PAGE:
Friday, July 08, 2011

Living Large

For someone who is not the least bit afraid or reluctant to speak in public, I am still quite nervous when I play music in the presence of others. My stint on stage at the Steve Kaufman Acoustic Kamp was a breakout moment for me.

And last night was another step forward when I took the stage for open mic at the Red Light Cafe and got the chance to play with my favorite band, Cedar Hill of Atlanta. I sang "Bring Your Clothes Back Home." When else can you stand up in public and sing "Sure I'm sitting there watchin her flip-flop-a-doopie, oh Baby."

 And in a bar no less :-)

Tuesday, July 05, 2011

Bucket List...check...check...check

So there I am backstage at the Clayton Center for the Arts in Maryville, TN. I'm trying to stay focused on my solo that will be coming up in just a few minutes while the stage manager corrals my group in the wings. While I'm standing there, Stacy Phillips (Reso players, yeah, THAT Stacy Phillips) comes up and gives me some mic tips about the resophonic. "Let the mic point here--not there--and during your solo, step in and flatten the guitar out."

Wow, thanks.

Then Ivan Rosenberg (yeah, THAT Ivan Rosenberg) gives me some reassurances that I'll do fine. While he's talking to me, Kenny and Amanda Smith go walking by me.

Wow, wow.

Then I hear them announcing my band and I hear them say my name. The handler herds us onstage. The sound technician positions the mic exactly where Stacy had said it should go. The mandolin player kicks it off and we do our song, "Love of the Mountains." My solo part comes up, I step forward a bit and turn my guitar a little flatter and away I go. Fifteen seconds later I'm done and the crowd applauds for me.

OMG Wow!

That was Friday, June 24, the last night of the Steve Kaufman Acoustic Kamp. At the start of the week, my class instructor asked us to go around and play a little so he could get a gauge on our relative skill levels. I completely froze up and could barely remember anything I had ever played. Eventually I stumbled through "Grandfather's Clock." So I signed up for the band scramble. That's where you put your name in an envelope for your instrument, and on Friday they randomly assign you to a band. You're given 45 minutes to come up with a vocal and an instrumental (along with a band name). Then the competition begins in front of all the other campers. That's one way to get over your fear of playing in front of others. What was I thinking? As it was, my group won and that earned us the distinction of getting added to the Friday night concert as the opening band.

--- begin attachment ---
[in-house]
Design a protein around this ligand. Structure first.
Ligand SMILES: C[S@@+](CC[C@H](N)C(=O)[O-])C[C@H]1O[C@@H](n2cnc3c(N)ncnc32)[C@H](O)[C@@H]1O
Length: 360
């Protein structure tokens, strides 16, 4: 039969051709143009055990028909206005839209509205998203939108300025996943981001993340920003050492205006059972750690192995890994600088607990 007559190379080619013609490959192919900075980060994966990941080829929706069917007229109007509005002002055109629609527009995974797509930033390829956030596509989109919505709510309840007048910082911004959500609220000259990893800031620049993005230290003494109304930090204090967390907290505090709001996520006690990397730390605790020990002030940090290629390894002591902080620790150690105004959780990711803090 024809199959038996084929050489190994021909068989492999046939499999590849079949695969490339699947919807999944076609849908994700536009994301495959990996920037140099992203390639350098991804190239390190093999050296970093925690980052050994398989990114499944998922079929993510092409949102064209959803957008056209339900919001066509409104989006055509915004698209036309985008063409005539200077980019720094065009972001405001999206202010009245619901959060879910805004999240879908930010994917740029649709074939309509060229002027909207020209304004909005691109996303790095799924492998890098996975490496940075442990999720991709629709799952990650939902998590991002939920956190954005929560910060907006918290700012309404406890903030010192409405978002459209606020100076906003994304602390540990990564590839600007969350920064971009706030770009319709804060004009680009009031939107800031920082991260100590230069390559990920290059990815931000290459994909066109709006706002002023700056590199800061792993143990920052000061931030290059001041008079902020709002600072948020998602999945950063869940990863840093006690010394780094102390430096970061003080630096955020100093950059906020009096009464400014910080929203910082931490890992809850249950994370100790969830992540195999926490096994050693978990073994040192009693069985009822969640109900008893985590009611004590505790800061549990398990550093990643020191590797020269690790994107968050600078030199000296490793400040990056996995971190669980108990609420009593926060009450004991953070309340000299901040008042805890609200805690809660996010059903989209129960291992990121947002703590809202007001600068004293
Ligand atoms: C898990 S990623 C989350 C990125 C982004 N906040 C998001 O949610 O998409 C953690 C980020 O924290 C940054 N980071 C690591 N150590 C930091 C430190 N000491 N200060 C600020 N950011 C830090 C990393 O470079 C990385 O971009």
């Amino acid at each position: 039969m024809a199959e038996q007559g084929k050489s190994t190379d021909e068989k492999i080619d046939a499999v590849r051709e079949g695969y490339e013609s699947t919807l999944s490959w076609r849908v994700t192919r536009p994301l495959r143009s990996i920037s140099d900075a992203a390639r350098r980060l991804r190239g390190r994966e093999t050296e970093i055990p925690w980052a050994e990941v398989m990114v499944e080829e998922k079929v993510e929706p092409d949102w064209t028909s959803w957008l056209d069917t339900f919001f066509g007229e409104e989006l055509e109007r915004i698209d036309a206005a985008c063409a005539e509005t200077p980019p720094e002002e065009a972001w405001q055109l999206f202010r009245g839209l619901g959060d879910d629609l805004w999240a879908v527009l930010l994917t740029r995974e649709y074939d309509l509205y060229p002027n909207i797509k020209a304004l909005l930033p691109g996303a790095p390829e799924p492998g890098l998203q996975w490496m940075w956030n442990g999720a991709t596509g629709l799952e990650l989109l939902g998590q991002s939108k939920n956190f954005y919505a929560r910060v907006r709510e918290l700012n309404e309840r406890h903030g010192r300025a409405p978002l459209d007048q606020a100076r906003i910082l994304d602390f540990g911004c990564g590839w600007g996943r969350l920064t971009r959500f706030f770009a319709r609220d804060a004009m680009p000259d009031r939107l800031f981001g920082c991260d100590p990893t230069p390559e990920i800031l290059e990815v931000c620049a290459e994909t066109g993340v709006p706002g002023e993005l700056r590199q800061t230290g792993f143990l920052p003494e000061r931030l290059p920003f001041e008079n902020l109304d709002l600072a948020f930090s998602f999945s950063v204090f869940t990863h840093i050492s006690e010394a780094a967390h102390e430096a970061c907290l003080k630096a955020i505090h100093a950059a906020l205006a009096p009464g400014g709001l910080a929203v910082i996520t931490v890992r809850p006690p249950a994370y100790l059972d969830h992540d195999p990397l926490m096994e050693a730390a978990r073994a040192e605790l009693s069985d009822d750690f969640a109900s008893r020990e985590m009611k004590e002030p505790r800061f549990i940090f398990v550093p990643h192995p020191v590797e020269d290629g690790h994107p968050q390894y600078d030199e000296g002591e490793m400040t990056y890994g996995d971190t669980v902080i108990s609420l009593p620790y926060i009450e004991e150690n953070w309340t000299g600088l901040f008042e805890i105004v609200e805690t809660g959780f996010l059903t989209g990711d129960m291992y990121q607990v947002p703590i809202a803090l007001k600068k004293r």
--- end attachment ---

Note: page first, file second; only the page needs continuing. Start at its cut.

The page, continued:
Well, it all turned out well--as the beginning of this blog documented-- and it was the thrill of a lifetime to be on that stage (and to not screw up).

And it was the lesson of a lifetime. I am honored to have been surrounded by these great musicians and witness first hand their humility and ability to listen all week to students and encourage them. Their universal talent across the board was to hear a student play and filter it down to one thing the student was getting almost right. They ignored the good and the truly awful of what you did and went for the one thing that could make you better--the logical next step. And that's all it took.

My personal thanks to my instructors, Mike Witcher and Ivan Rosenberg, for neither berating me nor trying to make me great (in one week). Thanks for accepting the player I was and leaving me just a little better than when you first encountered me. And thanks for teaching me how to make that happen on my own now, week by week.

Did I say Wow?